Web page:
Getting lost and finding woody plants

Carli Baker/Senior Staff

Carli Baker/Senior Staff

Carli Baker/Senior Staff

Carli Baker/Senior Staff

Carli Baker/Senior Staff

Carli Baker/Senior Staff

Carli Baker/Senior Staff

Carli Baker/Senior Staff

Carli Baker/Senior Staff

Carli Baker/Senior Staff

Carli Baker/Senior Staff

Carli Baker/Senior Staff

Carli Baker/Senior Staff

Carli Baker/Senior Staff

Carli Baker/Senior Staff

Here you can see the top of Mount Shasta from the Klamath Mountains.
Ian McGregor gets caught mid-snap as he takes pictures of Little Duck Lake.
Lower Monarch Lake is at an elevation of 10,400 feet.
As we descended, a storm started to brew behind us. That night, Monarch Lake received its first snow of the fall.
IB 157 students are captured messing around before a group picture in Sequoia National Forest.
Many parts of this class couldn't be planned, such as when we stumbled upon this beautiful bridge near our campsite.
IB 157 students walk along the coast to the Monterey cypress grove at Point Lobos State Reserve.
The sunrise illuminates the hillsides near the Landels-Hill Big Creek Reserve in Big Sur.
During our hike in Big Sur, we stopped for lunch beneath this waterfall.
Our campsite at the Big Creek Reserve overlooked the ocean, shown here covered in clouds and fog.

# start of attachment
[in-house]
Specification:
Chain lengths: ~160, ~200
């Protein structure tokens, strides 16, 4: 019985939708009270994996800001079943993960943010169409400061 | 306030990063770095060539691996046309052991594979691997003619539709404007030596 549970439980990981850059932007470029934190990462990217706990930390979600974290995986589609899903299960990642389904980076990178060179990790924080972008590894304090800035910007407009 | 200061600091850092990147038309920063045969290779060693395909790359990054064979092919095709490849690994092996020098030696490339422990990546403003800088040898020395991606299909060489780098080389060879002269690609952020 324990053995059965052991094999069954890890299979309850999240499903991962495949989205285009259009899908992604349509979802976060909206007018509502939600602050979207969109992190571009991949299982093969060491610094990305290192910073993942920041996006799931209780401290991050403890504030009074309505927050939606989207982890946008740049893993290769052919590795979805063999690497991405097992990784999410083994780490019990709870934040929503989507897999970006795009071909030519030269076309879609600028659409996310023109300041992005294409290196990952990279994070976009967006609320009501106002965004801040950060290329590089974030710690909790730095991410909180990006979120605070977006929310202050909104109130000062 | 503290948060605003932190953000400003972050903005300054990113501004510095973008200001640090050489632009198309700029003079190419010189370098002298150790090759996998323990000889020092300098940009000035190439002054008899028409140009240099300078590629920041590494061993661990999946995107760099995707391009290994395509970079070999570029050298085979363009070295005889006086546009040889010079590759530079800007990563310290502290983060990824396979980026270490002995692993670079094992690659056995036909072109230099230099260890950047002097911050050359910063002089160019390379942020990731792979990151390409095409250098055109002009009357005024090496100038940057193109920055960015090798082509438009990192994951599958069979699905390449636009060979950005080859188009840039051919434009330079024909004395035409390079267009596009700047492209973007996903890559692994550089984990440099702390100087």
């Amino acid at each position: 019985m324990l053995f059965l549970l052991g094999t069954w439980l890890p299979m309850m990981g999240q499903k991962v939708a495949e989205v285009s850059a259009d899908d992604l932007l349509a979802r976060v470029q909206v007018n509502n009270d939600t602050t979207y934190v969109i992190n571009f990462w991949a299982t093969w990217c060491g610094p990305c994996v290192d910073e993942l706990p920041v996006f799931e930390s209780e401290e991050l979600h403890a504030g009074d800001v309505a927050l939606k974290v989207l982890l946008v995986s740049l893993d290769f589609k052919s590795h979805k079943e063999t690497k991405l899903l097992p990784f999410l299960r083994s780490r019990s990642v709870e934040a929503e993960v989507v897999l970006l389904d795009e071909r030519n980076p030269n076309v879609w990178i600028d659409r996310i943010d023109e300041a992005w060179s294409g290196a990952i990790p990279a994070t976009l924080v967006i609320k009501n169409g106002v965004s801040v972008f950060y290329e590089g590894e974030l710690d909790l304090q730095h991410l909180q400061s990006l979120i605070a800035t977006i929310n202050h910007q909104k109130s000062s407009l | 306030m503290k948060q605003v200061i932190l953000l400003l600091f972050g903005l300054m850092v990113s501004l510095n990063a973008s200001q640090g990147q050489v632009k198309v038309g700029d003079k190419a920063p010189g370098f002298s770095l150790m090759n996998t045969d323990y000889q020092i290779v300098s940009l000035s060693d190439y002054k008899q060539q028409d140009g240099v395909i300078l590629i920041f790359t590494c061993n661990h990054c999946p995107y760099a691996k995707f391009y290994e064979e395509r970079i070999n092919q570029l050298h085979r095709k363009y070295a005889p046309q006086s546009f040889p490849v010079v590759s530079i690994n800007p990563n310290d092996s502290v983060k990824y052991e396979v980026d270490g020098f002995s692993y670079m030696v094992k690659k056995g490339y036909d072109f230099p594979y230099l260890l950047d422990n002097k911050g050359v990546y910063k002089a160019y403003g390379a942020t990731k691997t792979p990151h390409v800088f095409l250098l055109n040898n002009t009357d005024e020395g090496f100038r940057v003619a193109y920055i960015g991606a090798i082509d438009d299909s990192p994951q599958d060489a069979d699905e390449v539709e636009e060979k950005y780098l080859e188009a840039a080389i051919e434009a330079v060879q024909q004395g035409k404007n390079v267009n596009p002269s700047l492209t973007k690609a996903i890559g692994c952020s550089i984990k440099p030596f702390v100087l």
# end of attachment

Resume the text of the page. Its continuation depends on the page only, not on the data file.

We traveled through California in two white passenger vans, which survived flat tires, narrow roads and 24 dirty naturalists.
I snuck in a candid shot of the IB 157 students, awaiting sunset on Santa Cruz Island.

California has been my home since I took my first breath, my sense of self created between rolling oak hillsides and riparian corridors. However, my knowledge of the ecological communities I visited on weekends and holidays was sparse at best until last semester when I took Integrative Biology 157, “California Ecosystems.”

This field course uses California parks and nature areas as its syllabus, and the professor, Paul Fine, acts as the class’ guide, guiding us to diverse landscapes throughout the California Floristic Province to learn about the formation and function of vegetative communities in the state. We spent Fridays traveling to relatively local locations, comparing the woody trees and shrubs present to those at other locations in the larger Bay Area, while four weekends were reserved for long trips to the different examples of California’s diverse topography.

In this class, my education transformed from a mostly passive analysis of dense course readings and a regurgitation of facts, formulas and Latin names to an active, community-based investigation of how different ecosystems’ parts function together to form the memorable landscapes of our state. The ability to literally immerse myself in my learning was transformative, and the opportunity to share this experience with 23 other like-minded students and instructors was invaluable.

IB 157 has been the single most important class I have taken at UC Berkeley. Not only did it further my passion for studying ecosystems, but it also gave me an understanding of my home state that will last for a lifetime. No words can fully capture the experience of this class, but hopefully, these pictures from our weekend trips will give a glimpse into the experience of being able to grow alongside one’s area of study.

Please keep our community civil. Comments should remain on topic and be respectful.
Read our full comment policy